Dunn v. Colvin

Filing 16

MEMORANDUM AND ORDER denying Plaintiff's 12 Motion for Summary Judgment and granting Defendant's 14 Motion for Summary Judgment, and the Commissioner's decision is affirmed. Signed by Magistrate Judge David S. Cayer on 8/9/2017. (nvc)

Download PDF
IN THE UNITED STATES DISTRICT COURT FOR THE WESTERN DISTRICT OF NORTH CAROLINA STATESVILLE DIVISION CIVIL NO. 5:17-CV-8-DSC JENNIFER ANN DUNN, Plaintiff, ) ) ) ) ) ) ) ) ) ) vs. NANCY A. BERRYHILL, Acting Commissioner of Social Security Administration, Defendant. MEMORANDUM AND ORDER THIS MATTER is before the Court on Plaintiff’s “Motion for Judgment on the Pleadings” (document #12) and Defendant’s “Motion for Summary Judgment” (document #14), as well as the parties’ briefs and exhibits. The parties have consented to Magistrate Judge jurisdiction pursuant to 28 U.S.C. § 636(c) and these Motions are now ripe for disposition. Having considered the written arguments, administrative record, and applicable authority, the Court finds that Defendant’s decision to deny Plaintiff Social Security disability benefits is supported by substantial evidence. Accordingly, the Court will deny Plaintiff’s Motion for Judgment on the Pleadings; grant Defendant’s Motion for Summary Judgment; and affirm the Commissioner’s decision. I. PROCEDURAL HISTORY The procedural history is not in dispute. The Court adopts the procedural history as stated in the parties’ briefs. Plaintiff filed the present action on January 9, 2017. She assigns error to the Administrative Law Judge (ALJ)’s evaluation of her dyshidrotic eczema, formulation of her Residual Functional Capacity (“RFC”), and determination that she could perform her past relevant work.1 See Plaintiff’s “Memorandum ...” at 3-12 (document #13). The parties’ cross-Motions are ripe for disposition. II. STANDARD OF REVIEW The Social Security Act, 42 U.S.C. § 405(g) and § 1383(c)(3), limits this Court's review of a final decision of the Commissioner to: (1) whether substantial evidence supports the Commissioner’s decision, Richardson v. Perales, 402 U.S. 389, 390, 401 (1971); and (2) whether the Commissioner applied the correct legal standards. (4th Cir. 1990); Hays v. Sullivan, 907 F.2d 1453, 1456 see also Hunter v. Sullivan, 993 F.2d 31, 34 (4th Cir. 1992) (per curiam). The District Court does not review a final decision of the Commissioner de novo. Smith v. Schweiker, 795 F.2d 343, 345 (4th Cir. 1986); King v. Califano, 599 F.2d 597, 599 (4th Cir. 1979); Blalock v. Richardson, 483 F.2d 773, 775 (4th Cir. 1972). As the Social Security Act provides, “[t]he findings of the [Commissioner] as to any fact, if supported by substantial evidence, shall be conclusive.” 42 U.S.C. § 405(g). In Smith v. Heckler, 782 F.2d 1176, 1179 (4th Cir. 1986), quoting Richardson v. Perales, 402 U.S. 389, 401 (1971), the Fourth Circuit defined “substantial evidence” thus: Substantial evidence has been defined as being “more than a scintilla and do[ing] more than creat[ing] a suspicion of the existence of a fact to be established. It means such relevant evidence as a reasonable mind might accept as adequate to The Social Security Regulations define “Residual Functional Capacity” as “what [a claimant] can still do despite his limitations.” 20 C.F.R. § 404.1545(a). The Commissioner is required to “first assess the nature and extent of [the claimant’s] physical limitations and then determine [the claimant’s] Residual Functional Capacity for work activity on a regular and continuing basis.” 20 C.F.R. § 404.1545(b). 1 2 support a conclusion.” See also Seacrist v. Weinberger, 538 F.2d 1054, 1056-57 (4th Cir. 1976) (“We note that it is the responsibility of the [Commissioner] and not the courts to reconcile inconsistencies in the medical evidence”). The Fourth Circuit has long emphasized that it is not for a reviewing court to weigh the evidence again, nor to substitute its judgment for that of the Commissioner, assuming the Commissioner’s final decision is supported by substantial evidence. Hays v. Sullivan, 907 F.2d at 1456 (4th Cir. 1990); see also Smith v. Schweiker, 795 F.2d at 345; and Blalock v. Richardson, 483 F.2d at 775. Indeed, this is true even if the reviewing court disagrees with the outcome – so long as there is “substantial evidence” in the record to support the final decision below. Lester v. Schweiker, 683 F.2d 838, 841 (4th Cir. 1982). III. DISCUSSION OF CLAIM The question before the ALJ was whether Plaintiff became “disabled” at any time as that term is defined for Social Security purposes.2 Plaintiff contends that the ALJ should have found her dyshidrotic eczema to be severe because it significantly limited her physical ability to perform basic work related functions. The ALJ found that Plaintiff only sporadically sought treatment for eczema and reported improvement 2Under the Social Security Act, 42 U.S.C. § 301, et seq., the term “disability” is defined as an: inability to engage in any substantial gainful activity by reason of any medically determinable physical or mental impairment which can be expected to result in death or which has lasted or can be expected to last for a continuous period of not less than 12 months . . . . Pass v. Chater, 65 F. 3d 1200, 1203 (4th Cir. 1995). 3 following treatment. (Tr. 13, 315, 322, 390, 450-51, 475, and 477). There was no evidence that Plaintiff experienced any significant limitations resulting from eczema. (Tr. 14). Substantial evidence supports the ALJ’s conclusion that Plaintiff’s eczema did not cause more than a minimal limitation in her ability to work. (Tr. 13-14). Plaintiff next challenges the ALJ’s formulation of her RFC. The ALJ is solely responsible for assessing a claimant’s RFC. 20 C.F.R. §§ 404.1546(c) & 416.946(c). In making that assessment, the ALJ must consider the functional limitations resulting from the claimant’s medically determinable impairments. SSR96-8p at *2. However, it is the claimant’s burden to establish her RFC by demonstrating how those impairments impact her functioning. See 20 C.F.R. §§404.1512(c) & 416.912(c); see also, e.g., Stormo v. Barnhart, 377 F.3d 801, 806 (8th Cir. 2004) (“[t]he burden of persuasion . . . to demonstrate RFC remains on the claimant, even when the burden of production shifts to the Commissioner at step five”); Plummer v. Astrue, No. 5:11-cv-00006, 2011 WL 7938431, at *5 (W.D.N.C. Sept. 26, 2011) (Memorandum and Recommendation) (“[t]he claimant bears the burden of providing evidence establishing the degree to which her impairments limit her RFC”) (citing Stormo), adopted, 2012 WL 1858844 (May 22, 2102), aff’d, 487 F. App’x 795 (4th Cir. Nov. 6, 2012). The Fourth Circuit recently held that “remand may be appropriate . . . where an ALJ fails to assess a claimant's capacity to perform relevant functions, despite contradictory evidence in the record, or where other inadequacies in the ALJ's analysis frustrate meaningful review.” Mascio v. Colvin, 780 F.3d 632, 636 (4th Cir. 2015) (quoting Cichocki v. Astrue, 729 F.3d 172, 177 (2d Cir. 2013). This explicit function-by-function analysis is not necessary when functions are irrelevant or uncontested. It is only after that function-by-function analysis has been completed that RFC 4 may "be expressed in terms of the exertional levels of work, sedentary, light, medium, heavy, and very heavy.” Id. The ALJ found that Plaintiff had the RFC “to perform light work as defined in 20 C.F.R. § 404.1567(b) except that she could only occasionally stoop, kneel, crouch, and crawl; frequently climb and balance; and have no concentrated exposure to hazards.” (Tr. 15). The ALJ’s RFC determination here is supported by substantial evidence including Plaintiff’s testimony, medical records and treatment history. To the extent that Plaintiff is challenging the ALJ’s credibility determination, a review of the ALJ’s decision reveals that he applied the correct legal standard and his credibility determination is supported by substantial evidence. Finally, Plaintiff challenges the ALJ’s determination that she could perform her past relevant work. She argues that the ALJ was required to consult a Vocational Expert (V.E.) or the Dictionary of Occupational Titles (“DOT”). This argument fails because the ALJ relied on a state agency expert’s evaluation of Plaintiff’s past relevant work, which included the DOT description. (Tr. 15-19). Davis v. Astrue, No. 2:10-cv-30, 2011 WL 399956, at *28 (N.D. W. Va. Jan. 11, 2011) (Mag. Rep. & Rec.) (unpublished) adopted 2011 WL 442118 (N.D. W. Va. Feb. 2, 2011) (ALJ’s decision reasonably relied on the DOT for evidence of the requirements of past employment, even where the ALJ did not provide a pinpoint citation to the DOT in support). Although the medical records establish that Plaintiff experienced pain and mental and emotional difficulties to some extent, as the Fourth Circuit has noted, it is the ALJ’s responsibility, not the Court’s, “to reconcile inconsistencies in the medical evidence.” 1056-57. Seacrist, 538 F.2d at Substantial evidence exists to support the ALJ’s assessment of the medical records, Plaintiff’s credibility, and his ultimate determination that Plaintiff was not disabled. 5 IV. ORDER NOW THEREFORE, IT IS ORDERED: 1. Plaintiff’s “Motion For Judgment on the Pleadings” (document #12) is DENIED; Defendant’s “Motion for Summary Judgment” (document #14) is GRANTED; and the Commissioner’s decision is AFFIRMED. 2. The Clerk is directed to send copies of this Memorandum and Order to counsel for the parties. SO ORDERED. Signed: August 9, 2017 6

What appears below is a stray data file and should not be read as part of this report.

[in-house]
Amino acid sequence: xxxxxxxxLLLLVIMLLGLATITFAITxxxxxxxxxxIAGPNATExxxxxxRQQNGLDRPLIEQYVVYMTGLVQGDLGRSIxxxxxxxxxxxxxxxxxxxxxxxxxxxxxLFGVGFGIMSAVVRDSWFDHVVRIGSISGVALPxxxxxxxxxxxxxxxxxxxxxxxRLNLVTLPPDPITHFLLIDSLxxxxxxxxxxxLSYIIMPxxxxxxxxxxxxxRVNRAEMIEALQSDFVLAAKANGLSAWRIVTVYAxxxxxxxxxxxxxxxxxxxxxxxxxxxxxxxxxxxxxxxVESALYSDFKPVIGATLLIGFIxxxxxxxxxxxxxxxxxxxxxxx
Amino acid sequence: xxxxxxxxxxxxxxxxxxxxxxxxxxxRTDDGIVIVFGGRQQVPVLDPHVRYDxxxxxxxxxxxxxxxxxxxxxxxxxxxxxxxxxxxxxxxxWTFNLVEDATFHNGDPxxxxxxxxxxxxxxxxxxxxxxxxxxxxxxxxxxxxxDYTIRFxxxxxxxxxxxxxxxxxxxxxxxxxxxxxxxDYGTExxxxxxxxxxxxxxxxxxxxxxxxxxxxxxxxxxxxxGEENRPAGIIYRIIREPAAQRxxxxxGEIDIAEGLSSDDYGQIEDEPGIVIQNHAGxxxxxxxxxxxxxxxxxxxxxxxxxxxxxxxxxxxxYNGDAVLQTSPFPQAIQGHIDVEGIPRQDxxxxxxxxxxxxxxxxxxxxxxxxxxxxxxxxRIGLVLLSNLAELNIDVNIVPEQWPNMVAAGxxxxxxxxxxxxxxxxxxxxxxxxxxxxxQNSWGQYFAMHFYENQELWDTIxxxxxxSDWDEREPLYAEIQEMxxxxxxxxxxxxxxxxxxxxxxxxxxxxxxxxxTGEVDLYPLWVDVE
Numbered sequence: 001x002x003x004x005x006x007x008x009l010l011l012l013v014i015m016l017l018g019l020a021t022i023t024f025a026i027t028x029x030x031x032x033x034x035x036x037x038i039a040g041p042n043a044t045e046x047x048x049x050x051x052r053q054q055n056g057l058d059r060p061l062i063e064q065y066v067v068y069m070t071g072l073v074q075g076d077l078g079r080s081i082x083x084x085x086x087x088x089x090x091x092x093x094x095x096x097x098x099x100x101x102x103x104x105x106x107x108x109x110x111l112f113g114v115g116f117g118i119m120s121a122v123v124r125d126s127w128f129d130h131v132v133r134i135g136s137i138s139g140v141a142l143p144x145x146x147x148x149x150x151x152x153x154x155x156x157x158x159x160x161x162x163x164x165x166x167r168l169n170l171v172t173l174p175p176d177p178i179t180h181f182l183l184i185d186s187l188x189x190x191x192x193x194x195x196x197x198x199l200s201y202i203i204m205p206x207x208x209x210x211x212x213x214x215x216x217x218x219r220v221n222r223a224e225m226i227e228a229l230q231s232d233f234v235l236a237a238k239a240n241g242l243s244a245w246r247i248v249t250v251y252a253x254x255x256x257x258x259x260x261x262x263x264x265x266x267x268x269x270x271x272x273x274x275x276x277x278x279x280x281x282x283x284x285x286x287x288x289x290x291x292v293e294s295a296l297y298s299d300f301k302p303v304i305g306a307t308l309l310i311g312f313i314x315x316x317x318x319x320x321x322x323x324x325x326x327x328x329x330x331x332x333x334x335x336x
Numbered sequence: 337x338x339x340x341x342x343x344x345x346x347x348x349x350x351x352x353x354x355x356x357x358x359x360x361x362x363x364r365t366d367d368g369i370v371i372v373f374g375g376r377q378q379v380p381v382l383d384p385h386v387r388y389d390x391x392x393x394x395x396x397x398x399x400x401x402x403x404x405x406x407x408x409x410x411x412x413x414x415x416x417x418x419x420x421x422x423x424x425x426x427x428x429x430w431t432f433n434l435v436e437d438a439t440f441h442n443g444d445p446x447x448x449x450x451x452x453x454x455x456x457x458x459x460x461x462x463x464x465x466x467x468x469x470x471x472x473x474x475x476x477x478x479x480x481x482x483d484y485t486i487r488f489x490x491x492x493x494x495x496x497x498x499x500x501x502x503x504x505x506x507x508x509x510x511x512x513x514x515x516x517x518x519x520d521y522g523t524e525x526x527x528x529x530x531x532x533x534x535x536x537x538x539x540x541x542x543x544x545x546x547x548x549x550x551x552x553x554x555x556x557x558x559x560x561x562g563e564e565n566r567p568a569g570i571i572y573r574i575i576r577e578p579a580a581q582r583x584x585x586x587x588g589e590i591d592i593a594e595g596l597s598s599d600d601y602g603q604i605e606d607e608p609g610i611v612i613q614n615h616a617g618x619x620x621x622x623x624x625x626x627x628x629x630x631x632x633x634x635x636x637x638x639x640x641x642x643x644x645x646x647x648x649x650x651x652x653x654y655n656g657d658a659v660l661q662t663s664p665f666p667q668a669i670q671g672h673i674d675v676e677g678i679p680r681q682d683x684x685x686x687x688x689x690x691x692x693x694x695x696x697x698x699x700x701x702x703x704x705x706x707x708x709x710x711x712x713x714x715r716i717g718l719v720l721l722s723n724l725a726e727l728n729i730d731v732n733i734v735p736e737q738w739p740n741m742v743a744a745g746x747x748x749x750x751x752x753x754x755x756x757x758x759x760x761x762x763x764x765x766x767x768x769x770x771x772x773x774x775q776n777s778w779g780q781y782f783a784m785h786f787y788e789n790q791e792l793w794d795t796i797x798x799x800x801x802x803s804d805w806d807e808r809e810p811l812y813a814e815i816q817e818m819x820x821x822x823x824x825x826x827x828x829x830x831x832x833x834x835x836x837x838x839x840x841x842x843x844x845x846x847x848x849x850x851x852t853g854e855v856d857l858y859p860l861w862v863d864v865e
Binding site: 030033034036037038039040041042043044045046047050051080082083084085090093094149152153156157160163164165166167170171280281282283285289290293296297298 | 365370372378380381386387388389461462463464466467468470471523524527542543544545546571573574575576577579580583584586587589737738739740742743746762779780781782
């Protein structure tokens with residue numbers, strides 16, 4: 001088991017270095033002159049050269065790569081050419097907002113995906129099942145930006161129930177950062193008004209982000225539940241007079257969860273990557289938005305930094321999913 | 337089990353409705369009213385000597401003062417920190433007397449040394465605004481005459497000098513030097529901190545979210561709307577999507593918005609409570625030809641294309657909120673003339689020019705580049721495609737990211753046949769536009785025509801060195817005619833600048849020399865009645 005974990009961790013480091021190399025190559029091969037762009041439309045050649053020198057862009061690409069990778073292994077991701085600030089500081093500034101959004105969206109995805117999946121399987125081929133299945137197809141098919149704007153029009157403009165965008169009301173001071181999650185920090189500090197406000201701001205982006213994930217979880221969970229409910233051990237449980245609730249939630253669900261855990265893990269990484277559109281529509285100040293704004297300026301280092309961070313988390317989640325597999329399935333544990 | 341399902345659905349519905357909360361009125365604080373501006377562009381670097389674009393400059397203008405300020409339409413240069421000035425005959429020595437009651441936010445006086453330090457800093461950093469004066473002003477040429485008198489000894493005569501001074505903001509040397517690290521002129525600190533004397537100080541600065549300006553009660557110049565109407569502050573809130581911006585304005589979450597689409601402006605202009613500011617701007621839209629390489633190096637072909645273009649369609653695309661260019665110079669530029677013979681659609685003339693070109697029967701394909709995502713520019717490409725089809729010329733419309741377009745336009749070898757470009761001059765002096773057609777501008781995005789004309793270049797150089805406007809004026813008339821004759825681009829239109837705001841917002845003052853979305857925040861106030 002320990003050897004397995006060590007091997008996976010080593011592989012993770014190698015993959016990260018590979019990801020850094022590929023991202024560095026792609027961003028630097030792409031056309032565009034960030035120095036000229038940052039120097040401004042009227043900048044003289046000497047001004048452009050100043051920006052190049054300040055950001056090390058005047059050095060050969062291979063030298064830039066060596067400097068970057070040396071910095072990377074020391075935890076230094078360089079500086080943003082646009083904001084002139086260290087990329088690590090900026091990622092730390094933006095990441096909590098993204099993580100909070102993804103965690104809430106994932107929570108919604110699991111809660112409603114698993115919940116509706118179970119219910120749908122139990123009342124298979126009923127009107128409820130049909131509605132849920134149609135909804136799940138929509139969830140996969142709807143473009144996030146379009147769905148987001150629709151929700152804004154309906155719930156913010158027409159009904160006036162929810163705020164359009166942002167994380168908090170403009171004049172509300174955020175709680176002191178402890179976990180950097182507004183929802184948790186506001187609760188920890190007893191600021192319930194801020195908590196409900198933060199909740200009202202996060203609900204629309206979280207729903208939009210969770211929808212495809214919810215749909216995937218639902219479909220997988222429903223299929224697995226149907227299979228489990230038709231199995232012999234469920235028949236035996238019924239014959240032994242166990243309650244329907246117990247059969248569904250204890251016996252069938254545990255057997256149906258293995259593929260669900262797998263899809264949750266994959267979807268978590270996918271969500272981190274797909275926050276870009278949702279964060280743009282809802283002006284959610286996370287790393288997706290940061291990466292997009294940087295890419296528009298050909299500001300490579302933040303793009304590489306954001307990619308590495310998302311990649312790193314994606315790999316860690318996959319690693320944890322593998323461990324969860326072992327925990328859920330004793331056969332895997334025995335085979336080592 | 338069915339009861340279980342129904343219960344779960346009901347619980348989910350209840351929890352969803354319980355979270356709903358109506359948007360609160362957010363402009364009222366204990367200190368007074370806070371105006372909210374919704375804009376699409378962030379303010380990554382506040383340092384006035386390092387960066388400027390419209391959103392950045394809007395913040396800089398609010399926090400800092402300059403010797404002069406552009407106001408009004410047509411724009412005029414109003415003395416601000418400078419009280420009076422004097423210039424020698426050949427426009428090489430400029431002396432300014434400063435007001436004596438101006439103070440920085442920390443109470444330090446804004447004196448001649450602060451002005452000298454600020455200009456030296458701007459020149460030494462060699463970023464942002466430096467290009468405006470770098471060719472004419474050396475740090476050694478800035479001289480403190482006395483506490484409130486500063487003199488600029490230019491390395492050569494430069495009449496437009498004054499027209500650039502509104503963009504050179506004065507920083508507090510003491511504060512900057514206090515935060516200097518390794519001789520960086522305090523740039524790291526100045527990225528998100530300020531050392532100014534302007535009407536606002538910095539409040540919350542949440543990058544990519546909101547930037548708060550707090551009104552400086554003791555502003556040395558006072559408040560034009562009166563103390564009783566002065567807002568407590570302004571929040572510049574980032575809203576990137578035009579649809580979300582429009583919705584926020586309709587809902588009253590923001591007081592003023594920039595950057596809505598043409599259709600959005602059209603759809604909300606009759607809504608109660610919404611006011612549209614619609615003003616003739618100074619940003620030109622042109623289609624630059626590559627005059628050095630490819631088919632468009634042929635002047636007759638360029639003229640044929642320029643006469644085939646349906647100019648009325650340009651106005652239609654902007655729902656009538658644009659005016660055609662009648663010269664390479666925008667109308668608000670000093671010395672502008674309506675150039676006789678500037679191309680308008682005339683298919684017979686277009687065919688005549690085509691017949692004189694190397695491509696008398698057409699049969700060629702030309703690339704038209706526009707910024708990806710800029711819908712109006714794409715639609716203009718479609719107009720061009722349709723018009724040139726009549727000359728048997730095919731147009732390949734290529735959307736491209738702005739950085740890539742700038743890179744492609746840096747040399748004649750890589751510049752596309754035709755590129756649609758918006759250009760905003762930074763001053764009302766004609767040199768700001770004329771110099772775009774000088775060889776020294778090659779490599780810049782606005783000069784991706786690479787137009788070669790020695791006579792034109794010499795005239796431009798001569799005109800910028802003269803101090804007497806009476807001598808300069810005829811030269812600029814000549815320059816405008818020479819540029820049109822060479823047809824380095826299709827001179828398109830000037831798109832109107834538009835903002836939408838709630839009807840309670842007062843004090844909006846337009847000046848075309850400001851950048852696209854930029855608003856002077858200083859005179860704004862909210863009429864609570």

Disclaimer: Justia Dockets & Filings provides public litigation records from the federal appellate and district courts. These filings and docket sheets should not be considered findings of fact or liability, nor do they necessarily reflect the view of Justia.

Why Is My Information Online?